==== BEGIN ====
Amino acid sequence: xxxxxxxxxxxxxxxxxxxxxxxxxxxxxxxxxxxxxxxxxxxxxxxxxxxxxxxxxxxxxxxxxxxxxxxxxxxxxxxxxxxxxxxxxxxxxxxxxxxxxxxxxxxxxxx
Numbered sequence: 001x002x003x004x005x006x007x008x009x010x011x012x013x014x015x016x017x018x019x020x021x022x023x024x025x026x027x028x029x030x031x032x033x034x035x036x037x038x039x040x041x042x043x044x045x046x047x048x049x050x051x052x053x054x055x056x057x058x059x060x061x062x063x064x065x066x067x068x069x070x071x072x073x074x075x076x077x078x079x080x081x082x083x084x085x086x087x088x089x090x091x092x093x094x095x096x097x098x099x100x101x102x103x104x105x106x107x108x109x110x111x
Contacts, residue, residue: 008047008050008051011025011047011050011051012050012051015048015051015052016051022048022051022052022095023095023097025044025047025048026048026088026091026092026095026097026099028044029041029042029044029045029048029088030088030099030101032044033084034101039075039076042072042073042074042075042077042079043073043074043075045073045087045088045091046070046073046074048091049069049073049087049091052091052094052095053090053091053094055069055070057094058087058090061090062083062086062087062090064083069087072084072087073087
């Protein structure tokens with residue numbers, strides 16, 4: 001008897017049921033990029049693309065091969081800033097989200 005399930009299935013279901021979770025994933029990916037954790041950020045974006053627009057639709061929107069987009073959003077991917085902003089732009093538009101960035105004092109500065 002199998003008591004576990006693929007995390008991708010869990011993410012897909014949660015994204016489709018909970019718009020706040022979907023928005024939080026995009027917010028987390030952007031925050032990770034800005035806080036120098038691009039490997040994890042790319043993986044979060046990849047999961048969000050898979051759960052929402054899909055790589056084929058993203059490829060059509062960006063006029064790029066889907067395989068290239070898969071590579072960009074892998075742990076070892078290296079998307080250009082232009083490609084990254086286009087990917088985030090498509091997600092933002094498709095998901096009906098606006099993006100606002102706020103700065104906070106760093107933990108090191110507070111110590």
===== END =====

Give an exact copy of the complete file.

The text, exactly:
Amino acid sequence: xxxxxxxxxxxxxxxxxxxxxxxxxxxxxxxxxxxxxxxxxxxxxxxxxxxxxxxxxxxxxxxxxxxxxxxxxxxxxxxxxxxxxxxxxxxxxxxxxxxxxxxxxxxxxxx
Numbered sequence: 001x002x003x004x005x006x007x008x009x010x011x012x013x014x015x016x017x018x019x020x021x022x023x024x025x026x027x028x029x030x031x032x033x034x035x036x037x038x039x040x041x042x043x044x045x046x047x048x049x050x051x052x053x054x055x056x057x058x059x060x061x062x063x064x065x066x067x068x069x070x071x072x073x074x075x076x077x078x079x080x081x082x083x084x085x086x087x088x089x090x091x092x093x094x095x096x097x098x099x100x101x102x103x104x105x106x107x108x109x110x111x
Contacts, residue, residue: 008047008050008051011025011047011050011051012050012051015048015051015052016051022048022051022052022095023095023097025044025047025048026048026088026091026092026095026097026099028044029041029042029044029045029048029088030088030099030101032044033084034101039075039076042072042073042074042075042077042079043073043074043075045073045087045088045091046070046073046074048091049069049073049087049091052091052094052095053090053091053094055069055070057094058087058090061090062083062086062087062090064083069087072084072087073087
């Protein structure tokens with residue numbers, strides 16, 4: 001008897017049921033990029049693309065091969081800033097989200 005399930009299935013279901021979770025994933029990916037954790041950020045974006053627009057639709061929107069987009073959003077991917085902003089732009093538009101960035105004092109500065 002199998003008591004576990006693929007995390008991708010869990011993410012897909014949660015994204016489709018909970019718009020706040022979907023928005024939080026995009027917010028987390030952007031925050032990770034800005035806080036120098038691009039490997040994890042790319043993986044979060046990849047999961048969000050898979051759960052929402054899909055790589056084929058993203059490829060059509062960006063006029064790029066889907067395989068290239070898969071590579072960009074892998075742990076070892078290296079998307080250009082232009083490609084990254086286009087990917088985030090498509091997600092933002094498709095998901096009906098606006099993006100606002102706020103700065104906070106760093107933990108090191110507070111110590």